|PASSENGER||Virtual Aircraft Museum / France / Latecoere|
In 1917 Pierre Latecoere established Forges et Ateliers de Construction Latecoere with an aircraft works at Toulouse-Montaudron. His experimental Latecoere 1 two-seat fighter of 1918 was unsuccessful and the company concentrated for a period on licence manufacture of the Salmson 2 reconnaissance biplane, over 800 of which were built. In 1919 there appeared the Late 3 postal aircraft, followed by two examples of the Late 4, a 10-passenger three-engined transport biplane. In 1922, the year in which the company name was changed to the Societe Industrielle d'Aviation Latecoere, two prototypes were flown; these comprised the Late 8, an ungainly six-passenger biplane with a single 224kW Renault 12Fe engine, and the twin-engined Late 13, also a transport. The Late 5 of 1924, a biplane powered by three 280kW Lorraine 12Da engines was intended either as a four-man bomber or a 24-passenger transport, but was unsuccessful. The same year saw the test flight of the Late 6, an advanced bomber escort fighter in the multiplace de combat category. An all-metal sesquiplane with considerable sweepback and powered by four 194kW Salmson Z-9 engines, it also failed to gain a production contract.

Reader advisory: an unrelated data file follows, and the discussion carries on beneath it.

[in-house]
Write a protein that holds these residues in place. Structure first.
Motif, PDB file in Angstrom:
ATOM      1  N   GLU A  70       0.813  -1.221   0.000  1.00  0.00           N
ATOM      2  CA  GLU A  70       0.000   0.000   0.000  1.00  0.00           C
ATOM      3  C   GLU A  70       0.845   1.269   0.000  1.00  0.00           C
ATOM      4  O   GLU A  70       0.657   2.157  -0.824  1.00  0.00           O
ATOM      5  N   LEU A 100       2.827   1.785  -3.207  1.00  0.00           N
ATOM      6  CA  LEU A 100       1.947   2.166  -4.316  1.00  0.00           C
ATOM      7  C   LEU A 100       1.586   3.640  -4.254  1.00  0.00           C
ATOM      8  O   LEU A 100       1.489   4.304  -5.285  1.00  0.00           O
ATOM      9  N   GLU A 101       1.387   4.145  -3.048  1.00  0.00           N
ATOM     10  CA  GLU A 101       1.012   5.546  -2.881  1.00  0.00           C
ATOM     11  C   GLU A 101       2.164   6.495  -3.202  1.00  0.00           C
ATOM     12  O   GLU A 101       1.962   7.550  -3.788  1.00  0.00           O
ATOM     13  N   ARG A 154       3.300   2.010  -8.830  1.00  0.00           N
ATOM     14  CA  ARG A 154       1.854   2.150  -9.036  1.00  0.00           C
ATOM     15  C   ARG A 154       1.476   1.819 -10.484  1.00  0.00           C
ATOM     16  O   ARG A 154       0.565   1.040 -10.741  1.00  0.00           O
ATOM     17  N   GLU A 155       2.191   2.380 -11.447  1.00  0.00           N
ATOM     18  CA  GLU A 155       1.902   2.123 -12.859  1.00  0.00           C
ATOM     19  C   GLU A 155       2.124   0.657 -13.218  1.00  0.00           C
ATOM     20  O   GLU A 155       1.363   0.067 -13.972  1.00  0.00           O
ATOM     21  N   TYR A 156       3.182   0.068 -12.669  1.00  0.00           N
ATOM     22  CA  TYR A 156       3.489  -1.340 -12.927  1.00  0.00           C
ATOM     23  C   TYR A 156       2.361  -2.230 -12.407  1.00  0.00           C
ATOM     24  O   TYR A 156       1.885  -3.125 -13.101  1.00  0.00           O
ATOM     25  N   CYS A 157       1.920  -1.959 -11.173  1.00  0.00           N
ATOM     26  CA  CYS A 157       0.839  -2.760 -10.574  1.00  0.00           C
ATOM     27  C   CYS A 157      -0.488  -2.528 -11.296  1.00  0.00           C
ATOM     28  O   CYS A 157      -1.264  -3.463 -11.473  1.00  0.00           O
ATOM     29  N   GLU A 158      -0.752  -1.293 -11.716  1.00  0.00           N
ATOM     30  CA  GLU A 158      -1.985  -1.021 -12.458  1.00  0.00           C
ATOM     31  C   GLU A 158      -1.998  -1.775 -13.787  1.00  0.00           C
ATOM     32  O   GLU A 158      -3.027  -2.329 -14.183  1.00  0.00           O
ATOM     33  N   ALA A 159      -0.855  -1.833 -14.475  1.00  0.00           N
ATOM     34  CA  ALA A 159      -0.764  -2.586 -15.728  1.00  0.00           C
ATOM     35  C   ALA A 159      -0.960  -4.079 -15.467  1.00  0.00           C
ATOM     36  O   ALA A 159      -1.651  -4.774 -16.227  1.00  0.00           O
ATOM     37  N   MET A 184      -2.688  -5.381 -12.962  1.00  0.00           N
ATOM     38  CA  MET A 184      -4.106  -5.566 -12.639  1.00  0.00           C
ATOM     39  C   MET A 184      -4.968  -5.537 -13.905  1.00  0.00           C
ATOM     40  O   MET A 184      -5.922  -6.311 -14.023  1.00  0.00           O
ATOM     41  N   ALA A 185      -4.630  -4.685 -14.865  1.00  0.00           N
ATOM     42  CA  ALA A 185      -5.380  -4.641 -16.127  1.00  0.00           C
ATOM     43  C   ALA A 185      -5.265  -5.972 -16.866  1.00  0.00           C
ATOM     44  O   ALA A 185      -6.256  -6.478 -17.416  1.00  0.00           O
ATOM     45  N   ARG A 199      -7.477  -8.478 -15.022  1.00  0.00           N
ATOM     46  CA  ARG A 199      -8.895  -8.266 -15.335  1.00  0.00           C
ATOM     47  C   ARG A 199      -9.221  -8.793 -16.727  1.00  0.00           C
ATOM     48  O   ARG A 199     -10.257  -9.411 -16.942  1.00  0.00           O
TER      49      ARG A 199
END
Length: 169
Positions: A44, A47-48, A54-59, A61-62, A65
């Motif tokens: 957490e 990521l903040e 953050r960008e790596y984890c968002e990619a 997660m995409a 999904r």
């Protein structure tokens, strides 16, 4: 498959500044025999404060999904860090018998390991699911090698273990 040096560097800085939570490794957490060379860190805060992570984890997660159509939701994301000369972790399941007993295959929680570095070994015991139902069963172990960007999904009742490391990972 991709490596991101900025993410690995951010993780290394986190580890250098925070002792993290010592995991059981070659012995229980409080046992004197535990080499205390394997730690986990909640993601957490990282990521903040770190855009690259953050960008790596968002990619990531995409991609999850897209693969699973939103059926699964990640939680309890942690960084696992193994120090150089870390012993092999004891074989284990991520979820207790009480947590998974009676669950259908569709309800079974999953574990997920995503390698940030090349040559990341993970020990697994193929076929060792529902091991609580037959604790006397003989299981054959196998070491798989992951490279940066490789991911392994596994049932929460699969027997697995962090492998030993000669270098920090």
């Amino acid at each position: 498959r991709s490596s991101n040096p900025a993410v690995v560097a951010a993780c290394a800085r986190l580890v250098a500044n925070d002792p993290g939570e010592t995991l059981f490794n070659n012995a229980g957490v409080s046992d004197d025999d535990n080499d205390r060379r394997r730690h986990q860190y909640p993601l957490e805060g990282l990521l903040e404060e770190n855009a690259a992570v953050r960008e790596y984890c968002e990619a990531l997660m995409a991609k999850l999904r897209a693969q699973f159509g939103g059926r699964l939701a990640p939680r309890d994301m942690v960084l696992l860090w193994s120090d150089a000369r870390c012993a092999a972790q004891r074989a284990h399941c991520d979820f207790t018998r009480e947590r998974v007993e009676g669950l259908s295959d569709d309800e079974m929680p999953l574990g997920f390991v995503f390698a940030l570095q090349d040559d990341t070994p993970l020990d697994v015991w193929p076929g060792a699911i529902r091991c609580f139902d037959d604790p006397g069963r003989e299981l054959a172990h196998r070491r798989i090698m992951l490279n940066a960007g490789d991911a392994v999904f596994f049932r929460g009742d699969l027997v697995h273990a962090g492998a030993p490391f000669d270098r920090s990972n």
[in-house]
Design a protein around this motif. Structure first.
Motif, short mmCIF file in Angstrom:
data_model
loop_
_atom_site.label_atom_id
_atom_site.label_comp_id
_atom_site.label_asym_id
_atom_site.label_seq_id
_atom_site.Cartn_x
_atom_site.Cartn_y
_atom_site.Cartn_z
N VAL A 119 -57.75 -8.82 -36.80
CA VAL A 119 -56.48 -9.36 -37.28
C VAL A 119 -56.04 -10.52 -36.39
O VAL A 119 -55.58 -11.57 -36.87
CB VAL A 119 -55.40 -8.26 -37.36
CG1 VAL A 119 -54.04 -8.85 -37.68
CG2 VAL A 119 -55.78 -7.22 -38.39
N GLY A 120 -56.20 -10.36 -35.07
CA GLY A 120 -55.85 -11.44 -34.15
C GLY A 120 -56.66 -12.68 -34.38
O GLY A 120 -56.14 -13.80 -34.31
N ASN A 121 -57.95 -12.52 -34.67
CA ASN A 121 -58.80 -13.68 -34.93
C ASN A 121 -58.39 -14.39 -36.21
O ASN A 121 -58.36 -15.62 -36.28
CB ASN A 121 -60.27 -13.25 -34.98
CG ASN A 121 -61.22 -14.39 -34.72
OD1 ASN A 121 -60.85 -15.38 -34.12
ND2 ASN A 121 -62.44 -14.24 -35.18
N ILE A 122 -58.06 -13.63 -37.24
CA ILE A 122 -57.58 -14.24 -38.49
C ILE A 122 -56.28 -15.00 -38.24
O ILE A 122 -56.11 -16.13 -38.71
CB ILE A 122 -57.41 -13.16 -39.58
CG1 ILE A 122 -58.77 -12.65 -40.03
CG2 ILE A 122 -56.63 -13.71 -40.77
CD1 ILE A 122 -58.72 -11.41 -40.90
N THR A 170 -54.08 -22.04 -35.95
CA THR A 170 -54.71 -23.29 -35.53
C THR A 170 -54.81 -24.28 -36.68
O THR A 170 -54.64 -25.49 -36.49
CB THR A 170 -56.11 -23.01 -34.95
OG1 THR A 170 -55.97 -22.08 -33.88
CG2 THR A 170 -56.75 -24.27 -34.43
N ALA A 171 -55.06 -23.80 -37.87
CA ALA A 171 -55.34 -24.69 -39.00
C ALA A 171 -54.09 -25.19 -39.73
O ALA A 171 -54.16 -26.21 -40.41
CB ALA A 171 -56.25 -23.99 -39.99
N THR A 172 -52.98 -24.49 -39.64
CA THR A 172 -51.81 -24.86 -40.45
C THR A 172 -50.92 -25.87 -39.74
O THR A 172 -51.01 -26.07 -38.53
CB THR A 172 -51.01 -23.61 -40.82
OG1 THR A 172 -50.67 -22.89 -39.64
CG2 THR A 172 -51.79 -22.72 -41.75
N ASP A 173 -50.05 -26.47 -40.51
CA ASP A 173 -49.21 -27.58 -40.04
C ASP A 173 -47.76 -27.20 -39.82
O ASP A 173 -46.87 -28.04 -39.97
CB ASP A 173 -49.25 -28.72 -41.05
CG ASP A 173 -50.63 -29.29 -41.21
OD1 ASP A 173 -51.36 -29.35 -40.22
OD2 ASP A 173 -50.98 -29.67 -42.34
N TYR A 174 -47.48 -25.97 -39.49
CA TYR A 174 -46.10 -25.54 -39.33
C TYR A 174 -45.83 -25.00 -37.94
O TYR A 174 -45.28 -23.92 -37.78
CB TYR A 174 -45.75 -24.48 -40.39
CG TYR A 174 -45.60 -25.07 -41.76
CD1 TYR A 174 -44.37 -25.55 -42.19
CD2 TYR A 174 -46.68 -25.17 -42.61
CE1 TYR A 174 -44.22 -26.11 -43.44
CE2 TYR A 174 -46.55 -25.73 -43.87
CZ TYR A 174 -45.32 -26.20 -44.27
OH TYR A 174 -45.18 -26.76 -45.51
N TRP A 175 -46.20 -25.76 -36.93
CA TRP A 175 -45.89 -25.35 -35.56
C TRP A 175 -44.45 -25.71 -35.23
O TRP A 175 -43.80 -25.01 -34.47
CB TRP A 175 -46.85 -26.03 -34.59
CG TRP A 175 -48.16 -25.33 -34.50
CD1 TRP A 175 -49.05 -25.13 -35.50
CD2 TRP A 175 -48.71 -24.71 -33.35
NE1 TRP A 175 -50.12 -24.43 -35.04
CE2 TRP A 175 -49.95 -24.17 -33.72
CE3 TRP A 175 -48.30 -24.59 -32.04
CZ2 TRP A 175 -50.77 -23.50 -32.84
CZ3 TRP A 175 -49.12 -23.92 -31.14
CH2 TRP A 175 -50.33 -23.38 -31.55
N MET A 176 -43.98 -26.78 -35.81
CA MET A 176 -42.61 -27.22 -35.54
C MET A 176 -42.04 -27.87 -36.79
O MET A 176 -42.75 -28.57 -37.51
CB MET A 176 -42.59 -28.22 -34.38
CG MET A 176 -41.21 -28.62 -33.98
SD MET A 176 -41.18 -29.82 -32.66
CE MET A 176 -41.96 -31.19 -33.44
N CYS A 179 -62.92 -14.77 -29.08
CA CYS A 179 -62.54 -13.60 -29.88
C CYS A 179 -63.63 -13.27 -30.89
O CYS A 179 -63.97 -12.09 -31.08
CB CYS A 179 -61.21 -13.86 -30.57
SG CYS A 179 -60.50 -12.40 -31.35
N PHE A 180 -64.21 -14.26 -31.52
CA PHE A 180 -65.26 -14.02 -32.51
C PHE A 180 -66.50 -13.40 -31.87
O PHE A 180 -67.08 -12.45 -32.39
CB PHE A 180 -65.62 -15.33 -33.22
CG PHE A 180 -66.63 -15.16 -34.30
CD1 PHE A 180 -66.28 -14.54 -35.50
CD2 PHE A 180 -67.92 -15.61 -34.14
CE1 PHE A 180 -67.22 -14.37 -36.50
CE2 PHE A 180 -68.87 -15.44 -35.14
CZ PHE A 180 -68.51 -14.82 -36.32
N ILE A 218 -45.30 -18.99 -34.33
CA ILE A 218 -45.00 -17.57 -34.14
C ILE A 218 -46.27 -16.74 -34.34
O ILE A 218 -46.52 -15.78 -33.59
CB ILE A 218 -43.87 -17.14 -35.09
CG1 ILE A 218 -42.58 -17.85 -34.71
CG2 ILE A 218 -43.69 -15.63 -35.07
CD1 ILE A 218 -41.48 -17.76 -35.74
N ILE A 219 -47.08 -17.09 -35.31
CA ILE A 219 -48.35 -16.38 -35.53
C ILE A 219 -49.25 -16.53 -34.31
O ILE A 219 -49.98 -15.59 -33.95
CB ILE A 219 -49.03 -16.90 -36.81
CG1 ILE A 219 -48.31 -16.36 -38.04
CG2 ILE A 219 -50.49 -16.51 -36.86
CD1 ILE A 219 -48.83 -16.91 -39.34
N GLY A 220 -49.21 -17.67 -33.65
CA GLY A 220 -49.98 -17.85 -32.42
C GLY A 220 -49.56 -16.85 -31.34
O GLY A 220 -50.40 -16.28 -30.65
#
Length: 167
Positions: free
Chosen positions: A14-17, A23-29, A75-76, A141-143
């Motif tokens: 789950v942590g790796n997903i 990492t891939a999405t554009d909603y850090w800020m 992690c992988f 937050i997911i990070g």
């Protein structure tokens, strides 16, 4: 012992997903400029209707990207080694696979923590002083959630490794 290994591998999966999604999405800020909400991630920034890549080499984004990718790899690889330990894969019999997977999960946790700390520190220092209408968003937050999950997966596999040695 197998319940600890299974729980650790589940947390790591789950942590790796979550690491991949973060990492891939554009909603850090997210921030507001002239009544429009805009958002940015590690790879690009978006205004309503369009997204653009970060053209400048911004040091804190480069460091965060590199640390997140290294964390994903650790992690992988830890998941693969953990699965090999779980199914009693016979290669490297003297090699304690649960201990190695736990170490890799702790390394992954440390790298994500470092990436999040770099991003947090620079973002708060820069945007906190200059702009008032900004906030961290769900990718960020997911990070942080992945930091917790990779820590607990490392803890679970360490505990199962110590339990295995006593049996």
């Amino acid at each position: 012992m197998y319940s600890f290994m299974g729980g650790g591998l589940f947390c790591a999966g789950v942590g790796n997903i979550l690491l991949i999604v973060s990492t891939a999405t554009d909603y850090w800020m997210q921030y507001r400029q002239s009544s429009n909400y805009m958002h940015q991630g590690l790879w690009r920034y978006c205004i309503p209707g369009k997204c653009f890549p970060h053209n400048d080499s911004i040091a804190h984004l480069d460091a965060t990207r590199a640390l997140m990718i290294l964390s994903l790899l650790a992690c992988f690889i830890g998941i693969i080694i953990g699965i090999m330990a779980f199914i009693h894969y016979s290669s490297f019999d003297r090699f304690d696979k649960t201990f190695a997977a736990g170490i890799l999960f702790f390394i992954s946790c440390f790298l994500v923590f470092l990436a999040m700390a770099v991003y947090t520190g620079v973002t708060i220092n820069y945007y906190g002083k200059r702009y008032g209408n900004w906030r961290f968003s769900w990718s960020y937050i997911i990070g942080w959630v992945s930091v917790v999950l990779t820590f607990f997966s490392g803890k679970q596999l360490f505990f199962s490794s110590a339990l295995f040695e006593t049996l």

The first successful Latecoere design was the Late 15, the prototype being flown in 1924 and being followed by nine series aircraft. The Late 15 had a parasol wing spanning 18.00m and a lower stub wing, landing gear with twin-wheel main units, and power provided by two 194kW Lorraine 8-B1 engines. Accommodation comprised an open cockpit for the pilot, just forward of the wing leading edge, with a cabin for six passengers to the rear. The Late 15s were operated on the Casablanca-Oran stage of the air routes flown by the Latecoere airline subsidiary. One Late 15 was temporarily redesignated Late 15H after float landing gear had been installed, but was soon restored to its original landplane configuration. The initial success of the Late 15 was shortlived as the aircraft was soon found to be underpowered. From the basic design was developed the Late 19 twin-engined two-seat night-bomber, which dispensed with the lower stub wings and had open defensive machine-gun positions situated in the nose and amidships. Two were built in 1926 for the Armee de I'Air, as was the sole Late 20, an ambulance variant.